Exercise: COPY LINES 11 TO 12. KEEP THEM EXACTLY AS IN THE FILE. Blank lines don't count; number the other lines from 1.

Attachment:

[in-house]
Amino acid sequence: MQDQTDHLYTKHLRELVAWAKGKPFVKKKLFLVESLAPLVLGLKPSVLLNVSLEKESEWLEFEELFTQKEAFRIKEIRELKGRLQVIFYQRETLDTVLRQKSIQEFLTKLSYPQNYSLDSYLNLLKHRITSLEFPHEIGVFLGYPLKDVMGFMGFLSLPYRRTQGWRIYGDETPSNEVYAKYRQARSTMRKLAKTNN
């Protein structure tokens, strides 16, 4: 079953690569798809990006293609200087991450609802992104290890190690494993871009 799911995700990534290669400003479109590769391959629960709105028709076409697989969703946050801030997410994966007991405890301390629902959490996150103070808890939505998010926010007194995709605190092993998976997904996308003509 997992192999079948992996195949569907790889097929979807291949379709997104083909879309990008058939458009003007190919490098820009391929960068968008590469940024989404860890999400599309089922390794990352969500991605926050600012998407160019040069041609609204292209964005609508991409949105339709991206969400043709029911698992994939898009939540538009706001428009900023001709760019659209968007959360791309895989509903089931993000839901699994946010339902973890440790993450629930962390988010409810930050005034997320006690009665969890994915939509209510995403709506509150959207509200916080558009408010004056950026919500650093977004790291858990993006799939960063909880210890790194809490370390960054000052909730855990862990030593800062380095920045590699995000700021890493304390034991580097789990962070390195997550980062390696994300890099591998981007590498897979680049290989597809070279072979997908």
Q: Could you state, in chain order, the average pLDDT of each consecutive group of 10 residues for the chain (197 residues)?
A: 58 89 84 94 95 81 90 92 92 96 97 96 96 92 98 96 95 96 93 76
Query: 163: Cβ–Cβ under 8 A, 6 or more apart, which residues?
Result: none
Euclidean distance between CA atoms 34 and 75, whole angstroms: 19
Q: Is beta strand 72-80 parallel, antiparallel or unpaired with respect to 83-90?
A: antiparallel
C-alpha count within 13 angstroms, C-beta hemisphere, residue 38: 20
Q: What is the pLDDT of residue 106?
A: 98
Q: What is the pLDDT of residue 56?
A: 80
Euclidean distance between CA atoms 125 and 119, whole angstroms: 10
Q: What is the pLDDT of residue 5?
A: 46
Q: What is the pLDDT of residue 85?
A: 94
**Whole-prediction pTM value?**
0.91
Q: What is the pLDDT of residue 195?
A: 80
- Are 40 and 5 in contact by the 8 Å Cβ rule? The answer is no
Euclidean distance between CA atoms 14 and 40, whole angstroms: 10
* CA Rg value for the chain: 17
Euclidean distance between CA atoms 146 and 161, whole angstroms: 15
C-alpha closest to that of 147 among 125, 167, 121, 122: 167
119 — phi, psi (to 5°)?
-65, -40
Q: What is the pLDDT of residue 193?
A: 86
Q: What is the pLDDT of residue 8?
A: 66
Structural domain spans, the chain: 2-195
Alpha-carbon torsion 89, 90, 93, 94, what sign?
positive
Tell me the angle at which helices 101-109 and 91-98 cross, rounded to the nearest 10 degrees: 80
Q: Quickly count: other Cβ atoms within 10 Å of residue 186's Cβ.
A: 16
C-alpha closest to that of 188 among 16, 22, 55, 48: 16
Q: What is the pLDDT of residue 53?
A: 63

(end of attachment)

C-alpha count within 13 angstroms, C-beta hemisphere, residue 38: 20
Q: What is the pLDDT of residue 106?